Academic journal article Journal of Risk and Insurance

Pennsylvania Supreme Court, after Remand from U.S. Supreme Court, Reaffirms Decision That Actions against HMOs. (Recent Court Decisions)

Academic journal article Journal of Risk and Insurance

Pennsylvania Supreme Court, after Remand from U.S. Supreme Court, Reaffirms Decision That Actions against HMOs. (Recent Court Decisions)

Article excerpt

PENNSYLVANIA SUPREME COURT, AFTER REMAND FROM U.S. SUPREME COURT, REAFFIRMS DECISION THAT ACTIONS AGAINST HMOS FOR NEGLIGENT FAILURE TO AUTHORIZE TREATMENT ARE NOT PREEMPTED BY ERISA, BUT FEDERAL APPEALS COURT SITTING IN PHILADELPHIA REACHES OPPOSITE CONCLUSION IN CASE WITH SIMILAR FACTS.

Pappas v. Asbel, 564 Pa. 407, 768 A.2d 1089 (Pennsylvania Supreme Court--April 3, 2001)

Pryzbowski v. U.S. Healthcare, Inc., 245 F.3d 266 (U.S. Court of Appeal, Third Circuit--March 27, 2001).

In a decision reconsidered because of an intervening U.S. Supreme Court decision, the Pennsylvania Supreme Court held that a claim against a health maintenance organization (HMO) for failing to authorize treatment of a patient could be maintained under state law. At 11 a.m. on May 21, 1991, Basil Pappas was admitted to Haverford Community Hospital in the Philadelphia suburbs and diagnosed with an epidural abscess creating pressure on his spinal cord.

The treating physician regarded this as a neurological emergency and recommended that Pappas be immediately transferred to Jefferson University Hospital in Philadelphia. An ambulance arrived at 12:40 p.m. But at that point, U.S. Healthcare, the HMO that insured Pappas, denied authorization for treatment at Jefferson, apparently because it was not a participating hospital in Pappas's U.S. Healthcare plan. The doctor protested and by 1:05 p.m., U.S. Healthcare responded, continuing to deny treatment at Jefferson but to permit transfer of the patient to either Hahnemann or Temple University hospitals. Pappas was eventually taken to Hahnemann by 3:30 p.m. The pressure on his spinal cord caused permanent quadriplegia, prompting Pappas to sue both his primary doctor for medical malpractice and Haverford for inordinate delay in treatment.

Haverford brought U.S. Healthcare into the action with a third-party complaint, alleging that the HMO's refusal to authorize the original planned referral to Jefferson Hospital was a significant part of the delay that in significant part led to the tragedy. U.S. Healthcare raised the defense of ERISA preemption, arguing that it could not be sued under state tort law because Pappas was covered pursuant to an employee benefits plan that was subject to ERISA preemption. U.S. Healthcare argued that ERISA's broad preemption clause stating that any law "relating to" a plan was preempted barred the Pappas action.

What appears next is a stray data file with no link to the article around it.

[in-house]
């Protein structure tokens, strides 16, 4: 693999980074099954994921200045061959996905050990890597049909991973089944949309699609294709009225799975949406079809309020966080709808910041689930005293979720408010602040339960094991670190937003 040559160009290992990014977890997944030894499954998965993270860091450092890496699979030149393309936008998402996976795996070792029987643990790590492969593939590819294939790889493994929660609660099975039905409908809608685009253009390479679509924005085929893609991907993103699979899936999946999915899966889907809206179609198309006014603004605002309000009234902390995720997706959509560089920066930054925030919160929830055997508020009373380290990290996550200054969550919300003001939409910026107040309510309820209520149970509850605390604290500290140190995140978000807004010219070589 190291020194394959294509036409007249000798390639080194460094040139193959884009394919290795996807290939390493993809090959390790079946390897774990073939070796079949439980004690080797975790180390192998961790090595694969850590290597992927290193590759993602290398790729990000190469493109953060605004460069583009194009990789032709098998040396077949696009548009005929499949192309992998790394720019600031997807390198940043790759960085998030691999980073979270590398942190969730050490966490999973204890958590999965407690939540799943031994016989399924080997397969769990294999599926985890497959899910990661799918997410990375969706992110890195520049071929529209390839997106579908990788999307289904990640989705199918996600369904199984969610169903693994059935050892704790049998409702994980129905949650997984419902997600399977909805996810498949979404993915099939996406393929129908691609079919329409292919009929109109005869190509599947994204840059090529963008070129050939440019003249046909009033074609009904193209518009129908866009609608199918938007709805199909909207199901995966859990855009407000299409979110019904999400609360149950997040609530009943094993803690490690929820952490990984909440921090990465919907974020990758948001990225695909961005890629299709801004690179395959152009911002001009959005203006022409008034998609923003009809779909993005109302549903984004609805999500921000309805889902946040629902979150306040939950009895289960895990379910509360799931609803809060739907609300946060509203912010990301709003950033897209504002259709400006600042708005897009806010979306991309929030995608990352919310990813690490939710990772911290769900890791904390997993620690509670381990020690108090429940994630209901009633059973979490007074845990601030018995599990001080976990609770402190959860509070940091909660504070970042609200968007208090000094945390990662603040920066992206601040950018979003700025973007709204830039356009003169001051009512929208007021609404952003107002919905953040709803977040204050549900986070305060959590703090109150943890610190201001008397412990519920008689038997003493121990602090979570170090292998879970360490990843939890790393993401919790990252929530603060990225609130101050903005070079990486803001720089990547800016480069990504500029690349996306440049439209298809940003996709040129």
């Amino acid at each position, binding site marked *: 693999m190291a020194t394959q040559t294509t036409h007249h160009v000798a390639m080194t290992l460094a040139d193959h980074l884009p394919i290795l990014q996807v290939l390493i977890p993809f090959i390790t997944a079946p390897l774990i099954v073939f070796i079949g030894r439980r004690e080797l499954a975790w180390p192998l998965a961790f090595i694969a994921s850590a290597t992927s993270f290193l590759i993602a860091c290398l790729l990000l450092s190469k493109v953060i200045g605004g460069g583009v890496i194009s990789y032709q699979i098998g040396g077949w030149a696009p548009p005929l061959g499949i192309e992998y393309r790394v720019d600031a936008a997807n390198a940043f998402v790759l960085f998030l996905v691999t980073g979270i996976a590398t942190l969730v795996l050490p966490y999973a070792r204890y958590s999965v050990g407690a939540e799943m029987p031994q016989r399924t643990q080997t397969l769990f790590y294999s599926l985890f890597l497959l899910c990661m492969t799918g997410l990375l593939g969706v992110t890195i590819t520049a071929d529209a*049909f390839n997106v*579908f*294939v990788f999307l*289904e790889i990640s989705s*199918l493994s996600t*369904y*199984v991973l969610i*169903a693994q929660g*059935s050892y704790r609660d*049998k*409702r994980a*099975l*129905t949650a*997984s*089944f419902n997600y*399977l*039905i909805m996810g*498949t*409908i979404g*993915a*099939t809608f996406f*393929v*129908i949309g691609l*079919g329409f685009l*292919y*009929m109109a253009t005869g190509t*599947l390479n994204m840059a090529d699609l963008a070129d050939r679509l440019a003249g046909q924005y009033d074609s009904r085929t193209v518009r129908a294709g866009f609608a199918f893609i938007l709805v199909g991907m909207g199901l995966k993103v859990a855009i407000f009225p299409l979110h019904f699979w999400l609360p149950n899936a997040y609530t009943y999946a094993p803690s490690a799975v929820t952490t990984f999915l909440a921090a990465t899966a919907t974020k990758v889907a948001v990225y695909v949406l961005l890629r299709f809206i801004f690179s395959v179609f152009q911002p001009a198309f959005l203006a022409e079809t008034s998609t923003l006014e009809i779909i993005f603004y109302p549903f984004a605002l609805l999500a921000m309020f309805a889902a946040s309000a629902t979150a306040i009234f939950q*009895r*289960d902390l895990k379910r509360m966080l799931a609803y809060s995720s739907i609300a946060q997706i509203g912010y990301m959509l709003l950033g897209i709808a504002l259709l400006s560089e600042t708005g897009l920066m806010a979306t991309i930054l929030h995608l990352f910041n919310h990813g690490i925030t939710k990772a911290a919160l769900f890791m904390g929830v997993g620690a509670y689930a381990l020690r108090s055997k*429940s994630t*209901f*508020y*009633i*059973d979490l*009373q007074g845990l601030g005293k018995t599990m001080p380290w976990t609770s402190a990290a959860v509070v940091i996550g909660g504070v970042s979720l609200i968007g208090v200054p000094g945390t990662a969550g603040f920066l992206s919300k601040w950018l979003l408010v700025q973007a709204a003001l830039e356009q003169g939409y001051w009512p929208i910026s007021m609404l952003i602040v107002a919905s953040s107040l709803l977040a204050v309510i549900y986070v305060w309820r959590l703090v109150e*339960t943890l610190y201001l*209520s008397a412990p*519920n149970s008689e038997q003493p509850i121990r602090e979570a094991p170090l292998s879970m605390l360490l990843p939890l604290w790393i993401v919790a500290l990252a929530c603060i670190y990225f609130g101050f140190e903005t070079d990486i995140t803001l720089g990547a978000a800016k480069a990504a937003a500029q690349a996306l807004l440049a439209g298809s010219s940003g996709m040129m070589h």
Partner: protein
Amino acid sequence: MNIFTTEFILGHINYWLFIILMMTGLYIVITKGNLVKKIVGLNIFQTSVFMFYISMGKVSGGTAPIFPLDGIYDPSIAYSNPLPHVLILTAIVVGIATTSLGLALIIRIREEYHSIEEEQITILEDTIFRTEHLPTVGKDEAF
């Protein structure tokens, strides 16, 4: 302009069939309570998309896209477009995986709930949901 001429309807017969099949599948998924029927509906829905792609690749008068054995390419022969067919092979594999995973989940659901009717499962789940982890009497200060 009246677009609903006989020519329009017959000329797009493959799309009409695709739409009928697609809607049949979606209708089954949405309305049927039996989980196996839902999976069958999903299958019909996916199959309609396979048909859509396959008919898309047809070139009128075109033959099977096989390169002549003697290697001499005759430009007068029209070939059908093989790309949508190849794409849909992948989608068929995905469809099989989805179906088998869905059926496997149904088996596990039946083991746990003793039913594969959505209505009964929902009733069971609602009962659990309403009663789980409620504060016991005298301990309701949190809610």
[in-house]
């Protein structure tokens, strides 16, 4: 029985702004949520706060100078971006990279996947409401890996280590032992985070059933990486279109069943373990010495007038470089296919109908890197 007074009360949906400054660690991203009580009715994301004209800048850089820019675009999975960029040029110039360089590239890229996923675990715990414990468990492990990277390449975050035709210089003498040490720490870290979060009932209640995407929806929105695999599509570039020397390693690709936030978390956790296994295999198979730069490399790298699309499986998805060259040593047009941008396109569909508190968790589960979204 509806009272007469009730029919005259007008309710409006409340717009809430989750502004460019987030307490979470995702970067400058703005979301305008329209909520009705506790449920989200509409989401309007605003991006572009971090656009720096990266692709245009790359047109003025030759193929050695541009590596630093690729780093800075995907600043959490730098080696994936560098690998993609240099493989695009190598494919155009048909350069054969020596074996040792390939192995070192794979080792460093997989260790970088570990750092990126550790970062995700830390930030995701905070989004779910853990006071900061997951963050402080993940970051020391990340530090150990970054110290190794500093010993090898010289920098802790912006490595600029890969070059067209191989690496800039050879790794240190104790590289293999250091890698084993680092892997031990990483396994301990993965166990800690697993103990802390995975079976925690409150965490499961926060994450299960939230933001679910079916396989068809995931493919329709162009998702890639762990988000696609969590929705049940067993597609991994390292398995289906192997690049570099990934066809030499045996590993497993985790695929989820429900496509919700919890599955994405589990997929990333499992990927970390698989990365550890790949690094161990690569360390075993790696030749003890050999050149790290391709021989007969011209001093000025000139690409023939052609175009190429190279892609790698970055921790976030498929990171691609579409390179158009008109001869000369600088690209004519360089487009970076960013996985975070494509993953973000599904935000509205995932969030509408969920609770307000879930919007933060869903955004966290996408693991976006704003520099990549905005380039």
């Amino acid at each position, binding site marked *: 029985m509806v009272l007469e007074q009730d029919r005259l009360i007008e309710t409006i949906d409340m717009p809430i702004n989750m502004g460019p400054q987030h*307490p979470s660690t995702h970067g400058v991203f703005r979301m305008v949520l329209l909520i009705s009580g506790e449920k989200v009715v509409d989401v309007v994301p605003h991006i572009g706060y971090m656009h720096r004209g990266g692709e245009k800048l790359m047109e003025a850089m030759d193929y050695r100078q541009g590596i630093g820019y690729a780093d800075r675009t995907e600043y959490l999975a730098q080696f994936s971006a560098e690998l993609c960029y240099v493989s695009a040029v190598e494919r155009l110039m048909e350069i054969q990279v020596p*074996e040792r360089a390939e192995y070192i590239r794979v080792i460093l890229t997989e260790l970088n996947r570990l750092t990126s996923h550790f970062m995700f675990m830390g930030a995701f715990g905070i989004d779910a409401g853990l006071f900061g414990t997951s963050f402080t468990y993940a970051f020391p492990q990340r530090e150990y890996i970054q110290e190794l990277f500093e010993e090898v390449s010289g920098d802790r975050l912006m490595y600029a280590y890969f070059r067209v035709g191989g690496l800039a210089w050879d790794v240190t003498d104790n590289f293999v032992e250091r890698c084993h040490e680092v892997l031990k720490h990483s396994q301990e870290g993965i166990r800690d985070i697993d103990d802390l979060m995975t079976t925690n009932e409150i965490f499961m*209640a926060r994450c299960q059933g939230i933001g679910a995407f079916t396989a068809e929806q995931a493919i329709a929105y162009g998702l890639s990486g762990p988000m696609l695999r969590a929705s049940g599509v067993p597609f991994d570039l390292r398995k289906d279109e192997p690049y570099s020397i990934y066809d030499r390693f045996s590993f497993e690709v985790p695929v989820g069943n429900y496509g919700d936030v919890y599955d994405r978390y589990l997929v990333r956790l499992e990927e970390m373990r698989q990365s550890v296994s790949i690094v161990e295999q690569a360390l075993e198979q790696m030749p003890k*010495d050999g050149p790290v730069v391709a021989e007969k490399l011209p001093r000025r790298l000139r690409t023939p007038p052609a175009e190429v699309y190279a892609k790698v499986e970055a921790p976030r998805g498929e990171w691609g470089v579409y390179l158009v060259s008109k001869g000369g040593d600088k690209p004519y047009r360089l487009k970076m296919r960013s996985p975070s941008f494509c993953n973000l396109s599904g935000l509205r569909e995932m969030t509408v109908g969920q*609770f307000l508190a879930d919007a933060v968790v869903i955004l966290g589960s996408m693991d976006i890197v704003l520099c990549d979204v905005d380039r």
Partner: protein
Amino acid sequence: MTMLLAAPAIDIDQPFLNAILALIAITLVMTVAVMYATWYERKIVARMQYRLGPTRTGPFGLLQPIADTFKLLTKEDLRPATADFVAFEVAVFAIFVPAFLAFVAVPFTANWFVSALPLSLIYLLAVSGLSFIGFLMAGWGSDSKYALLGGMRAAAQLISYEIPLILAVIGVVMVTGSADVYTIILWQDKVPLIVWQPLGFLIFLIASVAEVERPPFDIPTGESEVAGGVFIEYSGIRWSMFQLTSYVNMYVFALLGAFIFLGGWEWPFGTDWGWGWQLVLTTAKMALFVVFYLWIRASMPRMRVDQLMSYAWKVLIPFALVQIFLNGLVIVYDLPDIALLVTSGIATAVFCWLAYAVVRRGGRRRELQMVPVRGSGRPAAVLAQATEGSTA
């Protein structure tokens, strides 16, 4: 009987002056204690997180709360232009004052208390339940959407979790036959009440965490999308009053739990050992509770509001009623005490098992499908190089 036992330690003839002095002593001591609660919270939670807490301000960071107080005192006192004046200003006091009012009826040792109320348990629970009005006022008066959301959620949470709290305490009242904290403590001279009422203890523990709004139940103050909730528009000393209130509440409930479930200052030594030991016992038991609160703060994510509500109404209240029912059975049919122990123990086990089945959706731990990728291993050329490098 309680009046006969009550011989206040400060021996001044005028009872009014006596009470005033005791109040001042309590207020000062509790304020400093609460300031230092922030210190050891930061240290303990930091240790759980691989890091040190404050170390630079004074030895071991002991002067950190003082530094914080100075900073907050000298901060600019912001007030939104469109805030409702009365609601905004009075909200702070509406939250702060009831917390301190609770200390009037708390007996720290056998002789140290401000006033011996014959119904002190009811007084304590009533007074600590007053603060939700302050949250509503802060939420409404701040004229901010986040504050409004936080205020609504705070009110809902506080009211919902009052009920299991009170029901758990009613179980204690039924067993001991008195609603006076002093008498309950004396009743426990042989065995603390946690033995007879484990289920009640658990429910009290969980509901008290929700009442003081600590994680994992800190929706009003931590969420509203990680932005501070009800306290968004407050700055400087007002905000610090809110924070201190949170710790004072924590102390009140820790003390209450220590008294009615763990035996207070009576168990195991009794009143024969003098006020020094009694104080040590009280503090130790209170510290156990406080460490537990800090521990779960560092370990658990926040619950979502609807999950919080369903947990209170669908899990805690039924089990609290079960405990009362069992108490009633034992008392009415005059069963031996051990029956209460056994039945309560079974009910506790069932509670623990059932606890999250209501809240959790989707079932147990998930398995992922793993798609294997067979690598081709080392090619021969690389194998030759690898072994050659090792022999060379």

The Pennsylvania Supreme Court rejected the preemption defense in its first opinion. See Pappas v. Asbel , 555 Pa. 342,724 A.2d 889 (Pa. 1998). U.S. Healthcare, by now part of Aetna, sought review by the U.S. Supreme Court. The High Court remanded the case to Pennsylvania for reconsideration in light of Pegram v. Herdrich, 530 U.S. 211,120 S.Ct. 2143, 147 L.Ed.2d 164 (June 12, 2000). In Pegram, the Court held that HMOs making medical treatment decisions or "mixed" decisions regarding coverage and treatment were not "fiduciaries" under ERISA and hence were not subject to the fiduciary liability sections of ERISA. However, the Pegram Court did strongly suggest that HMOs acting in this capacity were also outside the protection provided by ERISA's preemption provisions.

Certainly, this was the view of the Pappas Court, which reaffirmed its earlier ruling after discussing Pegram. See 768 A.2d at 415. The Pappas Court also reviewed the U.S. Supreme Court's ERISA preemption jurisprudence, which it continued to regard as moving away from the earlier ERISA jurisprudence of extremely broad preemption toward more traditional, restrained notions of preemption. See 768 A.2d at 1092-93.

The Pappas Court was aware that plaintiff Herdrich in the Pegram case has been permitted to pursue a medical malpractice action in Illinois state court, where the claim arose, and that the Pegram v. Herdrich facts were analogous to those of Pappas. Herdrich was receiving treatment for abdominal pains but was required to wait for treatment and to go to a hospital selected by the HMO. …

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